January 27th, 2015 | Uncategorized | 0 Comments
Will Bill Shorten be able to get as far as an election without being forced to address the structural fiscal crisis?
So far, as I write in The Australian today, Labor under Shorten appears to suggest that the government is just making the debt problem up as an excuse to be mean to poor people.
It is hard to believe that he’ll be able to get away with this for long. But then again, journalists seldom challenge the Leader of the Opposition. The words “debt” and “deficit” have not appeared in Bill Shorten’s official interview transcripts for almost eight weeks. Not, in fact, since Leigh Sales gave him a touch-up on ABC’s 7.30 on December 3.
“We’ve got to go for growth, and the way you go for growth is you spend money … if you’ve got growth you’re creating national wealth then a lot of pressure comes off the budget so what you’ve got to do is you’ve got to built the infrastructure of the future … you’ve got to have the skills and training of the future … it’s about the future… if you don’t know where you’re going any road will get you there.”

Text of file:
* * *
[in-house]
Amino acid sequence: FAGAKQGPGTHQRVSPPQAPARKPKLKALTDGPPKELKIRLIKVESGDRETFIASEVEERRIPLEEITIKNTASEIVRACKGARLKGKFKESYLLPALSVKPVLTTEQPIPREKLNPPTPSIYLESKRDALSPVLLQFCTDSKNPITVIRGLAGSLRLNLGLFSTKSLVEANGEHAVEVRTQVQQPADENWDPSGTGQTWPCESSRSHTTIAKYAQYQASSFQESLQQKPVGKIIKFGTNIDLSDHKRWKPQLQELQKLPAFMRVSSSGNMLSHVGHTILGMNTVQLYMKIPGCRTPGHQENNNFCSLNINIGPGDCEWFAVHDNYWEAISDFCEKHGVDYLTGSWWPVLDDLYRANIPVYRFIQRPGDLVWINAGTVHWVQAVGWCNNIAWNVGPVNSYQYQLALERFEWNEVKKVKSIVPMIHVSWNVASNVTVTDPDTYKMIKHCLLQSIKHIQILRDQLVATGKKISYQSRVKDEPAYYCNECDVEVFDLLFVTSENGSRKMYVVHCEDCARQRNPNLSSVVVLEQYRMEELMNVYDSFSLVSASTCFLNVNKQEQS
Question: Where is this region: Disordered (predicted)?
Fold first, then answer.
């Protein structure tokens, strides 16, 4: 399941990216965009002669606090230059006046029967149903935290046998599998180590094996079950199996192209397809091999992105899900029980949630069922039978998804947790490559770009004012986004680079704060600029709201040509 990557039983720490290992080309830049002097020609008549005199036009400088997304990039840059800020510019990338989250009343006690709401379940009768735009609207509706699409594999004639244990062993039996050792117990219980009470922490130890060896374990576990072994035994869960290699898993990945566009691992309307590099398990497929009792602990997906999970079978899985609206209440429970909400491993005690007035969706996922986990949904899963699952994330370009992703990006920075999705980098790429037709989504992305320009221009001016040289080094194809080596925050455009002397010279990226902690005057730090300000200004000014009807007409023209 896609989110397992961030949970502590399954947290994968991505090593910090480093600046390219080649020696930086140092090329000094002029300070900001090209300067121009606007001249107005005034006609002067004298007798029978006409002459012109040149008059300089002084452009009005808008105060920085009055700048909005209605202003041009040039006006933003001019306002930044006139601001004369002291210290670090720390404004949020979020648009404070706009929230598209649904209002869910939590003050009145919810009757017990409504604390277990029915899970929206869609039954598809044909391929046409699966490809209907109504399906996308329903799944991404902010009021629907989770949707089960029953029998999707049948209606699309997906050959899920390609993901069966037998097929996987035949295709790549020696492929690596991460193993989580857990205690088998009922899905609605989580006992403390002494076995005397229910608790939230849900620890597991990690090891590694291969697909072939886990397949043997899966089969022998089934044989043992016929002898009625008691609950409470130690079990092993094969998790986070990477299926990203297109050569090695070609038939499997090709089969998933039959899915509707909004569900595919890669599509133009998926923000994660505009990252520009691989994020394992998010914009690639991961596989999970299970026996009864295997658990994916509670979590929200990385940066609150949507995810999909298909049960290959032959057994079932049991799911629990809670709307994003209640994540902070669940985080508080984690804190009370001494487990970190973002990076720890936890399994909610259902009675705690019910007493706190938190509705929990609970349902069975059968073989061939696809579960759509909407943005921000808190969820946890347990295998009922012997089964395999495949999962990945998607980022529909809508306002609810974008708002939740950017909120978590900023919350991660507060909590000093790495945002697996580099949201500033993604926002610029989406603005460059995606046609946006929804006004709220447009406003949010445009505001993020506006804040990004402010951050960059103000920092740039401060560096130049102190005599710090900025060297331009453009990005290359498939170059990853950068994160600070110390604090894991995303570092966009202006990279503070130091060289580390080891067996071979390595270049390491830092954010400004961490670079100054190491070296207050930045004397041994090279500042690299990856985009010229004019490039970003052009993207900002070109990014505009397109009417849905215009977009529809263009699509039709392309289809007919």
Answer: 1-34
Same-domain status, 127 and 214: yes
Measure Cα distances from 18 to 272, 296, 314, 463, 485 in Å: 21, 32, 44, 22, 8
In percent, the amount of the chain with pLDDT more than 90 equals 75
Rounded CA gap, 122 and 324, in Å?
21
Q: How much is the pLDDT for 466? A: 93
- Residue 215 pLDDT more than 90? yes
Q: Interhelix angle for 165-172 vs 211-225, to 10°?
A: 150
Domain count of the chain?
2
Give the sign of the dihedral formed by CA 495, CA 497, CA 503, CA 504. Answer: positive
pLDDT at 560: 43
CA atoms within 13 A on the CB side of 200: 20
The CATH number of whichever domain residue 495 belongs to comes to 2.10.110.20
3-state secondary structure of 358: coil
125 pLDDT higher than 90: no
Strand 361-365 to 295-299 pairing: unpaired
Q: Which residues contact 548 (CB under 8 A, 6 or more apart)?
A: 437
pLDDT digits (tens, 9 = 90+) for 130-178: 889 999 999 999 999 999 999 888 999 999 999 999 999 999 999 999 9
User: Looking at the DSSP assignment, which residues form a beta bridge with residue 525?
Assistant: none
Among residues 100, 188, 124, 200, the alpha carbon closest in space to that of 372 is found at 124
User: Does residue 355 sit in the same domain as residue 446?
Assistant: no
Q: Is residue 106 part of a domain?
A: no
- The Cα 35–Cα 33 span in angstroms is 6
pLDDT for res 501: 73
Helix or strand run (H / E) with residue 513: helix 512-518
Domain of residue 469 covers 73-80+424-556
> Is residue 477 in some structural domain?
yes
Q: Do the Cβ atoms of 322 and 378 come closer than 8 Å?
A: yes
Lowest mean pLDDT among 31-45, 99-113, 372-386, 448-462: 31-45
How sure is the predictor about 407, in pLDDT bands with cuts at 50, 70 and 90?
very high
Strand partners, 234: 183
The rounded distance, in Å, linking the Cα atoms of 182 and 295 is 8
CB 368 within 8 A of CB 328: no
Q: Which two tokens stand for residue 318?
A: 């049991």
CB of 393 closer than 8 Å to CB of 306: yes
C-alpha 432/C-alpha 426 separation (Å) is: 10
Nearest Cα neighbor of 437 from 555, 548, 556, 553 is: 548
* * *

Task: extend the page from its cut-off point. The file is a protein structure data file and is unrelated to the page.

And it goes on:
Also in The Australian today, the Opposition’s Andrew Leigh suggests Labor tax its way back to surplus:
Since coming to office, the Abbott Government has thrown out significant sources of revenue like the carbon price and the mining tax… If Mr Abbott and Mr Hockey had made more sensible decisions on all these fronts, today’s budget outlook would likely be much less bleak…
The bottom line is this: if the Abbott Government hadn’t scrapped the carbon price and the mining tax while splashing out on an unfair parental leave scheme and an ineffective carbon plan, the budget would be comfortably back in surplus in 2017-18.